- for generating a delivered radiation map based on the incident beam and the attenuation factors."

VII. The wording of claim 1 of auxiliary request II reads as follows:

"1. A system for verifying radiation delivered to an object comprising:

a radiation source (20) adapted to generate an output beam (1) directed to said object (13), and detector means (91; 600) disposed such that said object (13) is between said radiation source and said detector means, and capable of measuring radiation exiting from said object (13) as a result of said output beam,

characterized by

processing means (18) for determining an amount of radiation (610) delivered to two or more areas of said object based on measured exit dose values and on attenuation factors of two or more anatomical structures (620, 621, 622) respectively corresponding to the two ore [sic] more areas, and

output means (70,80) for outputting an amount of radiation (700; 840; 900) delivered to each of the two ore [sic] more areas in comparison with an amount of radiation (720) planned for delivery to each of the two or more areas."

VIII. The wording of claim 1 of auxiliary request III reads as follows:

"1. A system for verifying radiation delivered to an object comprising:

a radiation source (20) adapted to generate an output beam (1) directed to said object (13), and detector means (91; 600) disposed such that said object (13) is between said radiation source and said detector means, and capable of measuring radiation exiting from said object (13) as a result of said output beam,

characterized by

processing means (18) for reverse calculating a delivered radiation dose map (610) with data of the amounts of radiation delivered to two or more areas of said object, said reverse calculation being based on measured exit dose values and on attenuation factors of two or more anatomical structures (620, 621, 622) respectively corresponding to the two ore [sic] more areas, and

output means (70, 80) for outputting the delivered radiation dose map (700, 840, 900)."

IX. The wording of claim 1 of auxiliary request IV reads as follows:

"1. A system for verifying radiation delivered to an object, the system comprising:

a radiation source (20) adapted to generate an output beam (1) directed to the object (13) and detector means (91) arranged beneath said object (13) from the viewpoint of the output beam source and capable of measuring radiation exiting from said object (13) and caused by said output beam passed through said object, said detector means being capable of generating exit radiation signals,

characterized by

processing means (18) for calculating the radiation exiting from said object (13) based on a planned radiation to be delivered to said object and attenuation factors of said object and means for enabling a comparison of the calculated radiation exiting from said object with the measured radiation exiting from the object."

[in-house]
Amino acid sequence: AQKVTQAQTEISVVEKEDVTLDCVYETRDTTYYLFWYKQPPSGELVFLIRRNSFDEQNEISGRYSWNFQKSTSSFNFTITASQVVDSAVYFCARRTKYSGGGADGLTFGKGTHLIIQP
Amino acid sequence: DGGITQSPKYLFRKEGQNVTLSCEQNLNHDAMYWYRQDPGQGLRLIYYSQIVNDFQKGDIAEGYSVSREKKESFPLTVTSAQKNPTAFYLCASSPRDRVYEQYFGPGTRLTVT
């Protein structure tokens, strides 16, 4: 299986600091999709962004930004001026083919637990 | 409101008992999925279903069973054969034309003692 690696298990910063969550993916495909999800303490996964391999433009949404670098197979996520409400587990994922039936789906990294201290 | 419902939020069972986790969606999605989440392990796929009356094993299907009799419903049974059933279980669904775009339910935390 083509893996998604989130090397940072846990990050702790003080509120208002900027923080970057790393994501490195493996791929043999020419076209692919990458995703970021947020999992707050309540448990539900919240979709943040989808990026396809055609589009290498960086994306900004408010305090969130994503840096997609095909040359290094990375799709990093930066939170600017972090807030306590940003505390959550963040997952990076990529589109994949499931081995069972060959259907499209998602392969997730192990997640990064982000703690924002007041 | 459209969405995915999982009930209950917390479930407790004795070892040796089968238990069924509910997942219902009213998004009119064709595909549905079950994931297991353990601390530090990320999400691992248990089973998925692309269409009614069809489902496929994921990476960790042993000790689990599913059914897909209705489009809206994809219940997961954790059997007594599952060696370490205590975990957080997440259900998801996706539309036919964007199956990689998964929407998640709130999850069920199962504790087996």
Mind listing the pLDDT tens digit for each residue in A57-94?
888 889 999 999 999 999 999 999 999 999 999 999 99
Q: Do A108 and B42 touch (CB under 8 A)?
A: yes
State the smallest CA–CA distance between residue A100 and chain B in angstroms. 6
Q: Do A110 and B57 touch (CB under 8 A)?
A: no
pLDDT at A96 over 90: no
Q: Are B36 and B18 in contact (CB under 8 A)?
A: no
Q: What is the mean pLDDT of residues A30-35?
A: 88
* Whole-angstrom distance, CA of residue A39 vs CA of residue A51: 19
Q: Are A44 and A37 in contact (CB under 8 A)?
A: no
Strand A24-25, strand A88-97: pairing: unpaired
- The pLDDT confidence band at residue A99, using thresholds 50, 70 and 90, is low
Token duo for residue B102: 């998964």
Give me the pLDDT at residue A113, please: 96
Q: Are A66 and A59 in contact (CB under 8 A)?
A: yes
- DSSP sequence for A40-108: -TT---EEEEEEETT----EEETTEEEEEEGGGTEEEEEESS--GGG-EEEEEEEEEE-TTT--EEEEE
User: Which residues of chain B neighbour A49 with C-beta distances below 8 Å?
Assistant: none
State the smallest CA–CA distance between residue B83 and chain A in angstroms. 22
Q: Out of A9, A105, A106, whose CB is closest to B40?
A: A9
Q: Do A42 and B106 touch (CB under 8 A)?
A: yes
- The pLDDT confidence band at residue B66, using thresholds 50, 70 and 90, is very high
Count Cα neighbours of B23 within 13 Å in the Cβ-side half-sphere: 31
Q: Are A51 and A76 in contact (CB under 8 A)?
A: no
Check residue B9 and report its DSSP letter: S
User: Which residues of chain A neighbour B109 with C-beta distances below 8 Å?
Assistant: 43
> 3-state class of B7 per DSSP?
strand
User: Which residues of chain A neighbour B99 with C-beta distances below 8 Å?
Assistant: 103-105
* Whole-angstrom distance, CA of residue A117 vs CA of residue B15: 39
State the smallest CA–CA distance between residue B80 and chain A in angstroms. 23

X. The appellant's arguments can be summarised as follows:

Main Request

The original description (page 7, lines 1 to 7) specified that the detector unit was capable of measuring the radiation exiting an object. The amount of radiation exiting this object (ie the exit dose information) could be used to verify the radiation treatment. Thus, the detector unit within a portal imaging system was used to gather the patient's exit dose information from which the delivered radiation dose was then reverse calculated by the CPU. This general description of the basic idea of the invention, i.e. to base the incident beam on exit radiation signals alone, had been clearly originally disclosed also by original claim 1. Claim 1 according to the main request, which was limited with respect to the original claim 1 by including in addition a reference to the attenuation factors did not extend beyond the content of the application as filed and therefore did not violate Article 123(2) EPC.

Document D1 described a system combining a high-energy radiation therapy device with a tomographic imaging device. The tomographic imaging system produced a tomographic image of the patient for treatment planning purposes prior to radiation therapy. During the radiation therapy treatment, however, the radiation dose actually absorbed by the patient was not monitored. Though D1 also foresaw that a high-energy detector array could be added for verification purposes, it failed to disclose what information would be derived from this detector and did not suggest that a reverse calculation of the radiation dose delivered to the patient could be based on the exit signals from this detector. The skilled person would only understand from this disclosure that the purpose of the high- energy detector was to verify the shape of the radiation beam.

Auxiliary Requests I, Ia, II, III and IV

Although some of the amendments in claims 1 according to the auxiliary requests were not explicitly disclosed in the original application documents, a highly- qualified person skilled in the technical field of high- energy radiation therapy systems would find them directly and unambiguously derivable from the application as filed.